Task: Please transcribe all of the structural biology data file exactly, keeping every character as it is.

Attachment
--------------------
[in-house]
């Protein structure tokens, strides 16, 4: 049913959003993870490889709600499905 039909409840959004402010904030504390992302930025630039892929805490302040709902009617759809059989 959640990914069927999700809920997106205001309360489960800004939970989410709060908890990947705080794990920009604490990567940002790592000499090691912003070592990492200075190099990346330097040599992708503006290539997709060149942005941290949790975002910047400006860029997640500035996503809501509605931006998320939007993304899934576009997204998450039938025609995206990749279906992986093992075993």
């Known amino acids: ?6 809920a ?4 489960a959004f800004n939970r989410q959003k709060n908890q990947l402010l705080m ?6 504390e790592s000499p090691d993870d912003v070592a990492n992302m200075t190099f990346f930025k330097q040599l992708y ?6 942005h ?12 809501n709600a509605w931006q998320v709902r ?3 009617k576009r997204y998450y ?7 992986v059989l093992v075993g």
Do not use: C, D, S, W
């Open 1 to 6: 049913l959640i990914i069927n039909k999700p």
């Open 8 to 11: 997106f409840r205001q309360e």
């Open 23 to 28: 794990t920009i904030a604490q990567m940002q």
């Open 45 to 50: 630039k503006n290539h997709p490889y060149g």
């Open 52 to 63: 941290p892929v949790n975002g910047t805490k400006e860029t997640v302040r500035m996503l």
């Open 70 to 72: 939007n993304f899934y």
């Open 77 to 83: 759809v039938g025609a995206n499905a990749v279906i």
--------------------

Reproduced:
[in-house]
């Protein structure tokens, strides 16, 4: 049913959003993870490889709600499905 039909409840959004402010904030504390992302930025630039892929805490302040709902009617759809059989 959640990914069927999700809920997106205001309360489960800004939970989410709060908890990947705080794990920009604490990567940002790592000499090691912003070592990492200075190099990346330097040599992708503006290539997709060149942005941290949790975002910047400006860029997640500035996503809501509605931006998320939007993304899934576009997204998450039938025609995206990749279906992986093992075993």
């Known amino acids: ?6 809920a ?4 489960a959004f800004n939970r989410q959003k709060n908890q990947l402010l705080m ?6 504390e790592s000499p090691d993870d912003v070592a990492n992302m200075t190099f990346f930025k330097q040599l992708y ?6 942005h ?12 809501n709600a509605w931006q998320v709902r ?3 009617k576009r997204y998450y ?7 992986v059989l093992v075993g």
Do not use: C, D, S, W
């Open 1 to 6: 049913l959640i990914i069927n039909k999700p």
């Open 8 to 11: 997106f409840r205001q309360e």
């Open 23 to 28: 794990t920009i904030a604490q990567m940002q």
């Open 45 to 50: 630039k503006n290539h997709p490889y060149g």
């Open 52 to 63: 941290p892929v949790n975002g910047t805490k400006e860029t997640v302040r500035m996503l």
């Open 70 to 72: 939007n993304f899934y």
């Open 77 to 83: 759809v039938g025609a995206n499905a990749v279906i």